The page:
A YOUNG mother accused of murdering her baby with salt broke down in tears today when she described to a jury her last hours with her son.
Marianne Williams told Winchester Crown Court how she cuddled 15-month-old Joshua Taylor in her arms before doctors switched off his life support machine.
Williams, 24, of Wiltshire, denies the murder of Joshua in 2004 by giving him salt or sodium, and an alternative charge of manslaughter.
The prosecution allege she murdered Joshua because she could not cope with looking after him after he was born prematurely with kidney failure and a host of other serious ailments, which required considerable care.
Giving evidence, Williams cried as she said she had bought the youngster toys and stayed with him along with her partner Paul Taylor all through his last night and day.
She told the court: “They put him in a side room and I was with him up until they turned it off, I couldn’t do the formal identification, so Paul did that but I stayed until then.”
The court heard that at the time, police had already searched the couple’s home because doctors had raised concerns that Joshua had been poisoned when he was admitted to Southampton General Hospital on February 24 2004.
Earlier, the court heard that Joshua died in hospital three days after the salt in his body caused brain damage. Tests showed he had very high levels of sodium in his body, which the prosecution allege Williams gave him through his feeding tube.
In the witness box, Williams told the jury that Joshua had vomited seven times during the night of February 23/24, and that she had taken him downstairs to the sitting room and stayed up with him alone.
“He was quite happy rolling about the floor playing with his toys and babbling,” she said.
But his condition changed at about 5.15am and he had a “laughing fit“, Williams told the jury.
“I was just finishing my cup of tea or coffee when I heard Joshua laughing. I went out to see what it was. Josh appeared dazed and was staring at the ceiling. I was slightly worried then. I sat on the sofa next to him and said, ’Josh, Josh’. After a couple of seconds he stopped laughing and came around and he was all right.”
Williams then spoke to Paul Taylor, who had been asleep upstairs, and they decided to take Joshua to Southampton General Hospital.
When they got there Joshua’s lips had gone blue and he was rushed into the hospital.
Defence counsel Michael Topolski QC read out a part of Williams’s police interview covering when they got to the hospital.
In it she said: “I didn’t know what was happening. I was really upset. I didn’t know what was happening to my little boy. I was crying. I didn’t have a clue what was going on. He was so happy in the night. I really could not understand why he had gone downhill so quickly. It really, really frightened me.”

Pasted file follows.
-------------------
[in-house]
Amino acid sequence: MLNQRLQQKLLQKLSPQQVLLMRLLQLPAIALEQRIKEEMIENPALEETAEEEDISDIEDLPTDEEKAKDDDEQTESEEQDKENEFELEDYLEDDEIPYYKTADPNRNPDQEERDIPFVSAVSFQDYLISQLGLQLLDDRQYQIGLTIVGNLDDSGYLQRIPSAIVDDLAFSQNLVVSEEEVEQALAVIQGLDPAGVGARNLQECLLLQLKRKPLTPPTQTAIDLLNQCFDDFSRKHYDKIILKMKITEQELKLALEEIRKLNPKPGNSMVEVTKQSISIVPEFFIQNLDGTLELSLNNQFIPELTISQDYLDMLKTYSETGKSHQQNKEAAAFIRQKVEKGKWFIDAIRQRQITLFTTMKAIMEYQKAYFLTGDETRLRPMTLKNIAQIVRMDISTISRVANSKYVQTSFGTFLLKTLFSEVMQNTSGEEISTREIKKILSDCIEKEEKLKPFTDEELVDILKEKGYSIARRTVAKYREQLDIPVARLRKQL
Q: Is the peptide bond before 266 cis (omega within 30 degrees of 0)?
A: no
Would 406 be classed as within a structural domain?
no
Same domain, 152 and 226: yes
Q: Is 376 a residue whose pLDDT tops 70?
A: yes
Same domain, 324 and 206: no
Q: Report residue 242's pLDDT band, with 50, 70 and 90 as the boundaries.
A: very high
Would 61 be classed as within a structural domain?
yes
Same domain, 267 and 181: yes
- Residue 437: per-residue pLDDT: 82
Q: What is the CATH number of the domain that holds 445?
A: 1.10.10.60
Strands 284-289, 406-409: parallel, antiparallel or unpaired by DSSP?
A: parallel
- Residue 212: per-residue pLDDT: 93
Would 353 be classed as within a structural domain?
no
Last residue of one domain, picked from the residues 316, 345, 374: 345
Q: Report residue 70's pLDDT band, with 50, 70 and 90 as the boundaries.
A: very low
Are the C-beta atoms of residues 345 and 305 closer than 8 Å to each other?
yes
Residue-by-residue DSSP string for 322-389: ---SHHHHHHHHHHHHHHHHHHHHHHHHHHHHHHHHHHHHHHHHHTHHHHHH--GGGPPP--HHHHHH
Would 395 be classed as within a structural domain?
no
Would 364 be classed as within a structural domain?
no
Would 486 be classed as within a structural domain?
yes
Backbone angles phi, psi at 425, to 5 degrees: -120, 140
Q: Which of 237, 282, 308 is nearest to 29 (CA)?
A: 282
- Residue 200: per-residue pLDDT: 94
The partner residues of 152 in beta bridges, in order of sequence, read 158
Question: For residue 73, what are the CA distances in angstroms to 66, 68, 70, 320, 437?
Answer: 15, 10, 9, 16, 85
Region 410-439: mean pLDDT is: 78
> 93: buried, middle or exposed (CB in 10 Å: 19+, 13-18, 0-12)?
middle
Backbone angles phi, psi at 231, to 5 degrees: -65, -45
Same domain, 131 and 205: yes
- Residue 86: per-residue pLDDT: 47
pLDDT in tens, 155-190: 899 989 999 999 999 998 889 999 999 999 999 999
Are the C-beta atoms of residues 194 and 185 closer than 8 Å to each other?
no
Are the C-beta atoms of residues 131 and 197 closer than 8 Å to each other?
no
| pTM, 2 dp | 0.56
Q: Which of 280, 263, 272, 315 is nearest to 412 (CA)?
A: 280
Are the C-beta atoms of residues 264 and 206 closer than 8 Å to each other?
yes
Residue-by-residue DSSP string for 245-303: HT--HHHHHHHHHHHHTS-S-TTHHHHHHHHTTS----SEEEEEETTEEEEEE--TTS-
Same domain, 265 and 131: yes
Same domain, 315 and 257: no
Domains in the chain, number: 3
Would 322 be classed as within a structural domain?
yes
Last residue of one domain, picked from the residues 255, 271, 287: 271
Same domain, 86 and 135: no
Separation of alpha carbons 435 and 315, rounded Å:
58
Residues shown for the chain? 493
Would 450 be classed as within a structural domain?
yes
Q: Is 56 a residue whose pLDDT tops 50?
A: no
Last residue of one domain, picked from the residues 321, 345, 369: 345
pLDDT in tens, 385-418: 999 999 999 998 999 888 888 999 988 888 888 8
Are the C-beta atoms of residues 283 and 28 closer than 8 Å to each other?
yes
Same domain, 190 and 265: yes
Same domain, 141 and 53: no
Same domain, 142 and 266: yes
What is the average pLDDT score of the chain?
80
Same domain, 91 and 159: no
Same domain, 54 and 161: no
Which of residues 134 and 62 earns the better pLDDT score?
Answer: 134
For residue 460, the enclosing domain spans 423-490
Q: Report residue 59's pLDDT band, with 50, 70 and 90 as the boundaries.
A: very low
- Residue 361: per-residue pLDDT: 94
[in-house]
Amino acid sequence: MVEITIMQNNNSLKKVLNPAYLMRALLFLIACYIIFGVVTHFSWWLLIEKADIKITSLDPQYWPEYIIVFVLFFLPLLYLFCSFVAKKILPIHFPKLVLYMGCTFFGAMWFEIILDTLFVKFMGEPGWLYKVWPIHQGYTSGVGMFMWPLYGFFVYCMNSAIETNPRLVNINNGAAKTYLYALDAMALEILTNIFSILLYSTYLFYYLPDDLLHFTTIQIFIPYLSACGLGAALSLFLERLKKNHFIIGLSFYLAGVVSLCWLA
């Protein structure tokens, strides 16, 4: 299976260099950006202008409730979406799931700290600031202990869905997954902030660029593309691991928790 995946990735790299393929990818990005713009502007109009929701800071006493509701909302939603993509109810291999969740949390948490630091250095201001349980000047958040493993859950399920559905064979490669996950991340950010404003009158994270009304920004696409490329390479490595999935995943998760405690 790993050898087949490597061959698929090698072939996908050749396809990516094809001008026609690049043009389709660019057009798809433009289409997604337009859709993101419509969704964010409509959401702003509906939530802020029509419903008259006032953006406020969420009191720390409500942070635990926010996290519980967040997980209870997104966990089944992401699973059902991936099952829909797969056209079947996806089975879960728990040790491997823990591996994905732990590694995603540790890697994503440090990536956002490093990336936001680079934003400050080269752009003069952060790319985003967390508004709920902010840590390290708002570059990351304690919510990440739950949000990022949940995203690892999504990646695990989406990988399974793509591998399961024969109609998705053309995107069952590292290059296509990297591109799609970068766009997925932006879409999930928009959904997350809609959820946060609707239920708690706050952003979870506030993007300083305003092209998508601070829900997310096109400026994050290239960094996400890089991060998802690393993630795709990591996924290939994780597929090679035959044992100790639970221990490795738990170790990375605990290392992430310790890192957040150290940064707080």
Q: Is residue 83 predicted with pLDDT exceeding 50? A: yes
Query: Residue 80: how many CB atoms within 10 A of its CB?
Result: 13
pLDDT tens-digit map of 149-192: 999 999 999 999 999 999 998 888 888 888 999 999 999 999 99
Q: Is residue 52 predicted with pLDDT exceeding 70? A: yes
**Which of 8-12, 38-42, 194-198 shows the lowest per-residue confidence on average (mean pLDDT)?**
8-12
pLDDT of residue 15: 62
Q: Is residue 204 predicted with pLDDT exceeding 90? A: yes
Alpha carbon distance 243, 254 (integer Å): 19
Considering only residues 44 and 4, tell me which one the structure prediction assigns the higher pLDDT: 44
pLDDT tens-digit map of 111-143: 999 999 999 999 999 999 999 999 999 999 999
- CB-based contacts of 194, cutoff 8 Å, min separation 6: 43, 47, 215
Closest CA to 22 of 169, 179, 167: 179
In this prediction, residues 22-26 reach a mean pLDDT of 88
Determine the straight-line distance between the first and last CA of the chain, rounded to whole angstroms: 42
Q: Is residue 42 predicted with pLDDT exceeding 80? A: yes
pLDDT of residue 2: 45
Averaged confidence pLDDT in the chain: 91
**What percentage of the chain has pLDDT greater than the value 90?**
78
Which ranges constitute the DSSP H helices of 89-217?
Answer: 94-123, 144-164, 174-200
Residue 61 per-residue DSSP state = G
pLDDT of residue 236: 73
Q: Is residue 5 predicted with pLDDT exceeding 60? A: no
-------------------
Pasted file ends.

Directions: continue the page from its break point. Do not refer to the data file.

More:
Asked by Mr Topolski whether she loved her son, Williams replied: “I did very, very much and I still do.”
Mr Topolski asked: Did you wish to keep him with you and care for him?
Williams: “Yes, I did and I still wish he was here this day.”
Williams then said that natural causes had killed her son.
Mr Topolski asked: “Did you deliberately and with the intention of killing him give him an excessive amount of sodium?”
Williams replied: “No, not at all,”
Earlier, the jury was told they had to decide whether Joshua had become naturally dehydrated or had been deliberately poisoned.
Richard Smith QC, prosecuting, alleged that she gave the salt overdose after seeing the effects of too much sodium on her child in an incident a few weeks earlier.
Joshua had been fine the day before he died when he went back to his mother’s house for an extended stay from hospital, the jury heard.
“The evidence leads to a sad but inevitable conclusion that this defendant, Marianne Williams, administered that sodium which caused her own son’s death,” Mr Smith said.
Williams, originally from Wales, was 21 when Joshua died and in a long-term relationship with his father, Paul Taylor.
Joshua was born 12 weeks prematurely by Caesarean section on November 26, 2002. His twin Connor had died in the womb.
He weighed 2lb 10oz (1.2kg) at birth and had a number of medical problems, including very small kidneys.
Mr Smith admitted there was no clear motive for Williams, who was taking anti-depressants after being diagnosed with post-natal depression, to kill her son.
She told police in interview that she could not cope with looking after Joshua in the months before his death, but she told the jury that this was not her and that she had felt much better when she started taking the anti-depressants.
The case was adjourned until tomorrow.